Variations in HLA can determine how an individual recognizes and responds to an infection, as the primary function of these antigens is to induce an immune response and select the appropriate subset of T cells. For example, if an individual has an HLA antigen that doesn't recognize SARS-CoV-2 effectively, it may cause them to be more susceptible to the virus.
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How does the Environment Influence Immune Variation?
Epigenetic changes or responses to infections and vaccines can be classed as environmental influences that cause immune variation amongst individuals.
It is commonly known that a lack of a proper nutritional diet can lead to deficiencies that can impair the immune system. This is also a reason for the diverse immune response observed. For example, a study found that a deficiency in iron, which is important for developing B and T cell responses, is common amongst infants from low-income countries. Further research showed that when this deficiency was corrected with supplements, infants responded better to the measles vaccine.
Other environmental exposures such as pollution and chemicals embedded in local surroundings also cause varying immune responses. Studies show that air pollution can be associated with inflammatory diseases.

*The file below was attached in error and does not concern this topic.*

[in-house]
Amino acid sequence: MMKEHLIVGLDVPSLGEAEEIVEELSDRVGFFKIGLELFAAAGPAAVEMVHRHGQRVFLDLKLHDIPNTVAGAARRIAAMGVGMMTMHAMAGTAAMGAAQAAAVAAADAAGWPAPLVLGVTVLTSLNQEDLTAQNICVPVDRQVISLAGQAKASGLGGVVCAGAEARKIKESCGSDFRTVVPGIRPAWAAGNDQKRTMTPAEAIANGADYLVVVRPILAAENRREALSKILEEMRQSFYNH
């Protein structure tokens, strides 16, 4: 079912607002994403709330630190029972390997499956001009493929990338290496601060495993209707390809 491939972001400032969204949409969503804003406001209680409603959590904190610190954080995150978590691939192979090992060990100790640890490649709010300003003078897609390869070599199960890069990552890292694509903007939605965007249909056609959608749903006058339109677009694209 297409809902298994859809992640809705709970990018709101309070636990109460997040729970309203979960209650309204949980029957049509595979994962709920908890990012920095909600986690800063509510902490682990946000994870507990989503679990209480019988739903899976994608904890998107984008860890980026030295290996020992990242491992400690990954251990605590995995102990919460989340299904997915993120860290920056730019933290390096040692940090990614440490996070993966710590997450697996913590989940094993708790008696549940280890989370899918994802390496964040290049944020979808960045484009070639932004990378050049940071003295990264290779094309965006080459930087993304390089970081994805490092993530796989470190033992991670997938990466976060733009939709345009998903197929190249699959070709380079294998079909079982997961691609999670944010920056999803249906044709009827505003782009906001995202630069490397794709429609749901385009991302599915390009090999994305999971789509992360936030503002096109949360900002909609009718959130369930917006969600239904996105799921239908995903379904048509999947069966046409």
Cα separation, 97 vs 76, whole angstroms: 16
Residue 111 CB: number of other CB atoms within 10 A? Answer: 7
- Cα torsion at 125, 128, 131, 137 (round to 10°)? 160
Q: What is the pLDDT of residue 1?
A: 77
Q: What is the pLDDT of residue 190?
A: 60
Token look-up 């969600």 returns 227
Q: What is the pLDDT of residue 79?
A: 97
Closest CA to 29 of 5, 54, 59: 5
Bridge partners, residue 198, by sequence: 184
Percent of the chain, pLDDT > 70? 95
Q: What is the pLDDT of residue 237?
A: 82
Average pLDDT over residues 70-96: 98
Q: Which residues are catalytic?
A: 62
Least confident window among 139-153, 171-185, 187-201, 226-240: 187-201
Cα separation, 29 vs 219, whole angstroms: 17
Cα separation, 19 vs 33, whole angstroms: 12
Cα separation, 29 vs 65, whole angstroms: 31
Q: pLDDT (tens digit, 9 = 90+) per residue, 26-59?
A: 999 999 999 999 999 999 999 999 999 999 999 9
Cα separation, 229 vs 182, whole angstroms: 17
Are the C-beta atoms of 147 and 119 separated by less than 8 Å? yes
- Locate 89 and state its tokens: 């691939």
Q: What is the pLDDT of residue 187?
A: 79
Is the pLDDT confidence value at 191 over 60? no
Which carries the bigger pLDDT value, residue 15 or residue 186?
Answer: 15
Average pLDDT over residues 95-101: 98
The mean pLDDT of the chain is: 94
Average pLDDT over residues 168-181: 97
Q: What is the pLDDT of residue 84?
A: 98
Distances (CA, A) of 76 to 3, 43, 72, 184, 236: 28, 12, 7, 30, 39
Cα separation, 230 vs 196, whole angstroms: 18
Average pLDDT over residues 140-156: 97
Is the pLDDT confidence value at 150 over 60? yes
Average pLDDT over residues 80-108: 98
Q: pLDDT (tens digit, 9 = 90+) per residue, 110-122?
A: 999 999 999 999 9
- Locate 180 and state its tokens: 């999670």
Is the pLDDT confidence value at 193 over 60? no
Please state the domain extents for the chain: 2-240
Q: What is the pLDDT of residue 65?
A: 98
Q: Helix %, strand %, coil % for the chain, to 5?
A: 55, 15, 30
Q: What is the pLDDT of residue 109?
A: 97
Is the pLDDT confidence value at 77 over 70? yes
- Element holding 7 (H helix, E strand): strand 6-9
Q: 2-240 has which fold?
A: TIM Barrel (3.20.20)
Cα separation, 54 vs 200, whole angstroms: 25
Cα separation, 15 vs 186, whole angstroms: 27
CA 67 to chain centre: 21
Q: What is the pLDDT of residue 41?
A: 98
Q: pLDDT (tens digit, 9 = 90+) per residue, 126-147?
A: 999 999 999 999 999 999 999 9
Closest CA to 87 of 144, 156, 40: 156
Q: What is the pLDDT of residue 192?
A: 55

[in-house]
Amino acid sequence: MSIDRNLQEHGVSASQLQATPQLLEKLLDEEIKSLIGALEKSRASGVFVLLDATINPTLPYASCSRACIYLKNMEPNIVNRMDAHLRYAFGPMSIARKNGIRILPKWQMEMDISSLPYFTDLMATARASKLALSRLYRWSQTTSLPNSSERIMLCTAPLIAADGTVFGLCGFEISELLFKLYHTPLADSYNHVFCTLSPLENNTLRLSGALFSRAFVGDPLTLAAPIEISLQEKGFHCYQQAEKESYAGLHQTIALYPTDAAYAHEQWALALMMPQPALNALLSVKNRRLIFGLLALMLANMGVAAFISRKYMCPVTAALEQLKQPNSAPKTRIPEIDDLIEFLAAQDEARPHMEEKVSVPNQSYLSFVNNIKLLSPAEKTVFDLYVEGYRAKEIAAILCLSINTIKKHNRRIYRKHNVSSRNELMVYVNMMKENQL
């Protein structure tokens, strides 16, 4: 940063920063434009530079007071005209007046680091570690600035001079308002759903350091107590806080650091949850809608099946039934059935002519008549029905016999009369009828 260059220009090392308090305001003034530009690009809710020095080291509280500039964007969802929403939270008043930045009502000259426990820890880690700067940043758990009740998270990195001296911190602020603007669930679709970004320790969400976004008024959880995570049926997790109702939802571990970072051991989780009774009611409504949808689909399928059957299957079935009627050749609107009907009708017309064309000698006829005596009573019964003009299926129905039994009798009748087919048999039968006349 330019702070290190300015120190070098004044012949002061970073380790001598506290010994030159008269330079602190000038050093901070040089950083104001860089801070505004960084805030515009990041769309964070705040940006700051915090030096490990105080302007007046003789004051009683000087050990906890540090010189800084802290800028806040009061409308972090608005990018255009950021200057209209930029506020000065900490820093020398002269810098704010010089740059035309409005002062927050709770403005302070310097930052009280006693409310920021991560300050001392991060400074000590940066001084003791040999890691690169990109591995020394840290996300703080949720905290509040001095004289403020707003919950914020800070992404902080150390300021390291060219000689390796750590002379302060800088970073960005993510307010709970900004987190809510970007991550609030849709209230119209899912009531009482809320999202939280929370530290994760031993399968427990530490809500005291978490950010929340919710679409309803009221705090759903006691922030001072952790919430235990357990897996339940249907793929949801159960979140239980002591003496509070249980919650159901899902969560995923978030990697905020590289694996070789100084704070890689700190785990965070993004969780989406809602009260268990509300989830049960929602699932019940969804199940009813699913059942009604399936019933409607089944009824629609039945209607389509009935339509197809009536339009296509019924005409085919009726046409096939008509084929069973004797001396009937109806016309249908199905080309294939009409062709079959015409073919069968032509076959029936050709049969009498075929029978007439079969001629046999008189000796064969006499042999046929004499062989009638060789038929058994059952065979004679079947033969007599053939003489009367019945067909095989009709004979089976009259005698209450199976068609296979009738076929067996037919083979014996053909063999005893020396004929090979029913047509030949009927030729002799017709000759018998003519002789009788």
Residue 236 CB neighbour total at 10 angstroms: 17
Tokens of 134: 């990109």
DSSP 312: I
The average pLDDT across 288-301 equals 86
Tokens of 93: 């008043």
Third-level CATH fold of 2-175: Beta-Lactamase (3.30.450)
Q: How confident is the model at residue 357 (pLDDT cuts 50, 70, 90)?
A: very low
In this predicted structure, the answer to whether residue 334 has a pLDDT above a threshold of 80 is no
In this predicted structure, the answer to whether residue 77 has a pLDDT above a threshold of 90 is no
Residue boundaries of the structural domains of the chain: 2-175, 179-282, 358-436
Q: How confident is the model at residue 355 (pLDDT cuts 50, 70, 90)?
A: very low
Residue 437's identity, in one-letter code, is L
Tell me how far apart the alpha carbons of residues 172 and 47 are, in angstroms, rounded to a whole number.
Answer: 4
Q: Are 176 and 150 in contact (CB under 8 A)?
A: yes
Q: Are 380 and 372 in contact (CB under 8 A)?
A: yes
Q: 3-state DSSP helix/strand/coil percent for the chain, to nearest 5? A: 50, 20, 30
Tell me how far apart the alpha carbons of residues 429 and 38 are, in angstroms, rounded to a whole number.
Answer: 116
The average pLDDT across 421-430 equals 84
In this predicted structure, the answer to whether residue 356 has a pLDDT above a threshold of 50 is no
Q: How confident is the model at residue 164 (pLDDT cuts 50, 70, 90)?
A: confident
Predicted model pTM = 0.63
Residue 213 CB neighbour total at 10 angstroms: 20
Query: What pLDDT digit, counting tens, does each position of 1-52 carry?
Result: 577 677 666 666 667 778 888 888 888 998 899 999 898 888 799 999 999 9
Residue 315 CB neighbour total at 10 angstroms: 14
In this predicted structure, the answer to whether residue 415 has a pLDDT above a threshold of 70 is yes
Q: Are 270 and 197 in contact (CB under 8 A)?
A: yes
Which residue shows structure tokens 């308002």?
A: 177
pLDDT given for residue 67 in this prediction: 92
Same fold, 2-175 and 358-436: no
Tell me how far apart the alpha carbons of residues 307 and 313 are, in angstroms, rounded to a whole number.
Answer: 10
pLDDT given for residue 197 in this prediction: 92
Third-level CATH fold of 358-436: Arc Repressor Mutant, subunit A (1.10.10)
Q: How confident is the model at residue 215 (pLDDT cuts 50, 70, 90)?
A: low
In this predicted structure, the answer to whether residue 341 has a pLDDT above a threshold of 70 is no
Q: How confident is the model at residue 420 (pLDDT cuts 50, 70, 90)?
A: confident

Immune Variation in Response to Viruses
One of the most common methods of studying immune variation is systems-level analyses that study immune responses to virus infection and vaccines. This allows researchers to decipher the variations of immune responses.
The host genotype determines individuals' clinically different responses to the same virus infection. Previous infections have shaped this genotype through evolutionary pressures and resulted in the diversity of the HLA alleles mentioned previously. For example, a 32 base pair deletion in the CC-chemokine receptor 5 (CCR5), which allows Human Immunodeficiency Virus (HIV) to enter cells, confers greater resistance to individuals against HIV.
This term is used when an immune response is generated against multiple antigenic epitopes. After exposure to one pathogen, some of these epitopes can cross-react with other epitopes from another pathogen. This allows the memory cells of this reaction to act rapidly to provide a stronger immune response, but there is a lack of protection amongst certain individuals.
For example, dengue hemorrhagic fever (DHF) affects a minority of individuals infected with the dengue virus. This was thought to be because antibodies made the virus more susceptible to phagocytosis, resulting in a cytokine storm and leakage of vasculature.
Described above are some of the factors that outline how people's immune responses can differ depending on environmental and genetic triggers. There is still a plethora of research to be undertaken to provide detailed answers to the exact mechanisms that cause these variations, as there is still a high level of individual differences that affect the reliability of this research.